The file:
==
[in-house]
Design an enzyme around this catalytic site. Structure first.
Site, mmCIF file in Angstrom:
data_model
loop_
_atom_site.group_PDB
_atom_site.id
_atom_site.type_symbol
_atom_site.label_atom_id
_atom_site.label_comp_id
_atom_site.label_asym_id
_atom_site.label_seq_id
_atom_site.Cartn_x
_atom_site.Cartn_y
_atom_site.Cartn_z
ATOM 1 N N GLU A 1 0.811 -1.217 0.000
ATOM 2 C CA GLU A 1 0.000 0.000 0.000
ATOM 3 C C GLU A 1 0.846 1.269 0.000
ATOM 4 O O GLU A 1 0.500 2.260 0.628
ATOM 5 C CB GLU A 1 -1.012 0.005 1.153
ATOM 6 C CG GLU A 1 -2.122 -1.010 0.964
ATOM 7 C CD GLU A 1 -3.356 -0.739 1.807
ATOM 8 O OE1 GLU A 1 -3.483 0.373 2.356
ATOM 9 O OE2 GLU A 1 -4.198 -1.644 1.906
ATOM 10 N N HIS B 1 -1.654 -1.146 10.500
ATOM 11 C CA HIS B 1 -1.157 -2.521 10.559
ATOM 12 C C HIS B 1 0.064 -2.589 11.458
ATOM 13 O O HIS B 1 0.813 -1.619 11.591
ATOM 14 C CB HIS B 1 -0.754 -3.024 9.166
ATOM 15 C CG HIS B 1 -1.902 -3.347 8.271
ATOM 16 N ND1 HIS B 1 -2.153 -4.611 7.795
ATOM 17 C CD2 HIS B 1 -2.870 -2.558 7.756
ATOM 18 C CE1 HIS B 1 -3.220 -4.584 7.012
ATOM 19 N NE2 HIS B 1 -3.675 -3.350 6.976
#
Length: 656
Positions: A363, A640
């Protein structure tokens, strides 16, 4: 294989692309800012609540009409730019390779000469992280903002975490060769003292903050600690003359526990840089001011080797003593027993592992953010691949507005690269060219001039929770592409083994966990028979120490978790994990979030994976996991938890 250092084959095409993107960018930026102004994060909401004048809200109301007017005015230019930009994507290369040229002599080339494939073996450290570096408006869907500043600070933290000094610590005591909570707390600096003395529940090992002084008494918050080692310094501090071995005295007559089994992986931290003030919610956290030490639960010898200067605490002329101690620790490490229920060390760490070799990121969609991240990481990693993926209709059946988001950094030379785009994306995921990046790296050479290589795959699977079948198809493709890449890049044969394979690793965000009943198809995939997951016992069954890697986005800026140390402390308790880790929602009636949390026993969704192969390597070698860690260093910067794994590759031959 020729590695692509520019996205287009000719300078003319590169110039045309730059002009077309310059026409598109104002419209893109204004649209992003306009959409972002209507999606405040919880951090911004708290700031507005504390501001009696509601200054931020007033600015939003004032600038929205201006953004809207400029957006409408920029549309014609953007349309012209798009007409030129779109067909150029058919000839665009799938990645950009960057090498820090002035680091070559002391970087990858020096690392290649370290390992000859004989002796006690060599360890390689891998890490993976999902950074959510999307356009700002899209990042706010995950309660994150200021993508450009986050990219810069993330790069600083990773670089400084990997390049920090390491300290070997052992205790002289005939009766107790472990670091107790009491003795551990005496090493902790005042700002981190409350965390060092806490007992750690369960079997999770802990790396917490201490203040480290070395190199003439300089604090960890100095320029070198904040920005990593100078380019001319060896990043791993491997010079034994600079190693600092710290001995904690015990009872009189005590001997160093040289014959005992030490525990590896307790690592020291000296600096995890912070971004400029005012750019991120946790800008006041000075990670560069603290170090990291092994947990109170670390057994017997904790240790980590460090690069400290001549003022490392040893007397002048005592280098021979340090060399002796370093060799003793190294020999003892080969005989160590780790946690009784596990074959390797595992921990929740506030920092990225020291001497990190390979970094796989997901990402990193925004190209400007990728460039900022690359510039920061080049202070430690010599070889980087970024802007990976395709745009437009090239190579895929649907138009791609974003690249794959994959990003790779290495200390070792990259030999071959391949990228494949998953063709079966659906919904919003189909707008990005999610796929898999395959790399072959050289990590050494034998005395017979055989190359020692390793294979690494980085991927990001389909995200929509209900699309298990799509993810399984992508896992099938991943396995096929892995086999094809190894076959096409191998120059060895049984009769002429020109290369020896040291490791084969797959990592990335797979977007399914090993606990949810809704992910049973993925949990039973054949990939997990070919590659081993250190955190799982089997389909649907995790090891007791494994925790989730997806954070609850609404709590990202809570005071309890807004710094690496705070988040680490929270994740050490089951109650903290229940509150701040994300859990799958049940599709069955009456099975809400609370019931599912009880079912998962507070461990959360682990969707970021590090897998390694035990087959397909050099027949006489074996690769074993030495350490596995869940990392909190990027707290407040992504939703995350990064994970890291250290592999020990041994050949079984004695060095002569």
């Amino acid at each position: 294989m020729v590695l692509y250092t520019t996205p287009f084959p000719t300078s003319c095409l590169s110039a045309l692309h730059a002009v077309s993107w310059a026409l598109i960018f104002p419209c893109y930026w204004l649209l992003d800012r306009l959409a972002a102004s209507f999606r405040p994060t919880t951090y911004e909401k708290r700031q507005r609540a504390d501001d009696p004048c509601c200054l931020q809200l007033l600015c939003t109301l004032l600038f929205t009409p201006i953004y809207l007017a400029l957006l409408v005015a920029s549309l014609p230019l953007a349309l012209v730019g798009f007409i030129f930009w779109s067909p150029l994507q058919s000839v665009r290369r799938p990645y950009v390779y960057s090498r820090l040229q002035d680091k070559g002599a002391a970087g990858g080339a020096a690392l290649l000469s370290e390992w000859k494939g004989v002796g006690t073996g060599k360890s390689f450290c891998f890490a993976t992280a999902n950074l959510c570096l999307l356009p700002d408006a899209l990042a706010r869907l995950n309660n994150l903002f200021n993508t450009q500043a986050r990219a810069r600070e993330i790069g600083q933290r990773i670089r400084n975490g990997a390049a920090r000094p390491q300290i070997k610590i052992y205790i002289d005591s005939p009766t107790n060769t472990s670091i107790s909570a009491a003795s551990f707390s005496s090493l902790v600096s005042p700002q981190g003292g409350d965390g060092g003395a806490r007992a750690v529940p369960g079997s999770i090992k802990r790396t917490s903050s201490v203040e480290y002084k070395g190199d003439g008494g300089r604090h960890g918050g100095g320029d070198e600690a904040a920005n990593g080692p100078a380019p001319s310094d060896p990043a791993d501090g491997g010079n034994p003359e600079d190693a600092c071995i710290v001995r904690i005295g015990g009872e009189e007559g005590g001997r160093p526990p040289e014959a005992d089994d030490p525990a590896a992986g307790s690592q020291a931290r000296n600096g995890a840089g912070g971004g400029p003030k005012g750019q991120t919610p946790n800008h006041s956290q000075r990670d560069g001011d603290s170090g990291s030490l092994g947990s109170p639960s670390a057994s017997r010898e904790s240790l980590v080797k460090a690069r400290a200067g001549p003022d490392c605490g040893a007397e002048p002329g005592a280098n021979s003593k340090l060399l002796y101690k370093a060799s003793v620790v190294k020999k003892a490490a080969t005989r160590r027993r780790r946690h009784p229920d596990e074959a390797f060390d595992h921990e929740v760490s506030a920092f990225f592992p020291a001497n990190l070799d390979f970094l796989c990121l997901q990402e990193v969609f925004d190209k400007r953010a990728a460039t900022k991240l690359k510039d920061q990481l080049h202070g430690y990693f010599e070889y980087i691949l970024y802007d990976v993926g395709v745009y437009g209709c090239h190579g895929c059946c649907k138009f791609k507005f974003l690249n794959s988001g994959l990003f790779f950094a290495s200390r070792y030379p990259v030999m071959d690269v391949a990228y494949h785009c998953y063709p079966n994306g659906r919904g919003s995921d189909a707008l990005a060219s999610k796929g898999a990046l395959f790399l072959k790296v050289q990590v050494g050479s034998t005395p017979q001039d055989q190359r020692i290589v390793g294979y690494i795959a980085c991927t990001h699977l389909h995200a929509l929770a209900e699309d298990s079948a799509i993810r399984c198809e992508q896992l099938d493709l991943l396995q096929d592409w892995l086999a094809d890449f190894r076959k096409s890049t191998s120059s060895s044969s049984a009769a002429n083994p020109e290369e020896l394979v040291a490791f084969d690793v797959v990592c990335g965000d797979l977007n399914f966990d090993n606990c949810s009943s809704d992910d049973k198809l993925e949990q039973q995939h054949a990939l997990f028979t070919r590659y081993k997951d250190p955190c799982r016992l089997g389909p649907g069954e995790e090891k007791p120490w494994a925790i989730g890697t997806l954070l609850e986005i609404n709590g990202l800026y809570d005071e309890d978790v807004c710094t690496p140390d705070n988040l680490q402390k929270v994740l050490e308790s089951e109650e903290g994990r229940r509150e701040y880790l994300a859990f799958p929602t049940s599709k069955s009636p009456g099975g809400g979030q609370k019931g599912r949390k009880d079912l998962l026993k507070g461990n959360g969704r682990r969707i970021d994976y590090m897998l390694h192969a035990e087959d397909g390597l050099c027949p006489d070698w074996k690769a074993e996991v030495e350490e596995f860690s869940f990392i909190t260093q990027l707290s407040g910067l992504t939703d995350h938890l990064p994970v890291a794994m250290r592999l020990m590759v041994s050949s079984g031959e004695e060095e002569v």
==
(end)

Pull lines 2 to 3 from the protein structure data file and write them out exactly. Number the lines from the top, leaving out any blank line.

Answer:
Design an enzyme around this catalytic site. Structure first.
Site, mmCIF file in Angstrom: